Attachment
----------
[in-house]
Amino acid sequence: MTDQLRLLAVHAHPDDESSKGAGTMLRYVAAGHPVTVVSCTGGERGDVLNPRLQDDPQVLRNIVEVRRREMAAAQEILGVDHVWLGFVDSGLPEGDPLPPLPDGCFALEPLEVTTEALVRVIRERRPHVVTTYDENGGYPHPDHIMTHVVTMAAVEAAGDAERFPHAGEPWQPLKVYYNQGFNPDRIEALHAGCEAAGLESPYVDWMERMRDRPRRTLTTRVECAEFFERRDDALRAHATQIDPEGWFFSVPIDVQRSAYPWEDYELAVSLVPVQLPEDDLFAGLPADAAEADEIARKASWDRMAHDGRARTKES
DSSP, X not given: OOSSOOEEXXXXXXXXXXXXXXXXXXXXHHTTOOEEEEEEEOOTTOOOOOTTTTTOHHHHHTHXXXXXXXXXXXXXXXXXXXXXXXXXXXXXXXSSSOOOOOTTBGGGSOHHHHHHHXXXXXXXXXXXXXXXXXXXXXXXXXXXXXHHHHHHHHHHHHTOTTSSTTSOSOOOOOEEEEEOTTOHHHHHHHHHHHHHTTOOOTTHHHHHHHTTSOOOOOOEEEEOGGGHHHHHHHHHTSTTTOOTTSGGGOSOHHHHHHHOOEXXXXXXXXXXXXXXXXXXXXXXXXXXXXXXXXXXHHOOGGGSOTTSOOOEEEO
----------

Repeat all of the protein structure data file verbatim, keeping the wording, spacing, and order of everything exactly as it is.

[in-house]
Amino acid sequence: MTDQLRLLAVHAHPDDESSKGAGTMLRYVAAGHPVTVVSCTGGERGDVLNPRLQDDPQVLRNIVEVRRREMAAAQEILGVDHVWLGFVDSGLPEGDPLPPLPDGCFALEPLEVTTEALVRVIRERRPHVVTTYDENGGYPHPDHIMTHVVTMAAVEAAGDAERFPHAGEPWQPLKVYYNQGFNPDRIEALHAGCEAAGLESPYVDWMERMRDRPRRTLTTRVECAEFFERRDDALRAHATQIDPEGWFFSVPIDVQRSAYPWEDYELAVSLVPVQLPEDDLFAGLPADAAEADEIARKASWDRMAHDGRARTKES
DSSP, X not given: OOSSOOEEXXXXXXXXXXXXXXXXXXXXHHTTOOEEEEEEEOOTTOOOOOTTTTTOHHHHHTHXXXXXXXXXXXXXXXXXXXXXXXXXXXXXXXSSSOOOOOTTBGGGSOHHHHHHHXXXXXXXXXXXXXXXXXXXXXXXXXXXXXHHHHHHHHHHHHTOTTSSTTSOSOOOOOEEEEEOTTOHHHHHHHHHHHHHTTOOOTTHHHHHHHTTSOOOOOOEEEEOGGGHHHHHHHHHTSTTTOOTTSGGGOSOHHHHHHHOOEXXXXXXXXXXXXXXXXXXXXXXXXXXXXXXXXXXHHOOGGGSOTTSOOOEEEO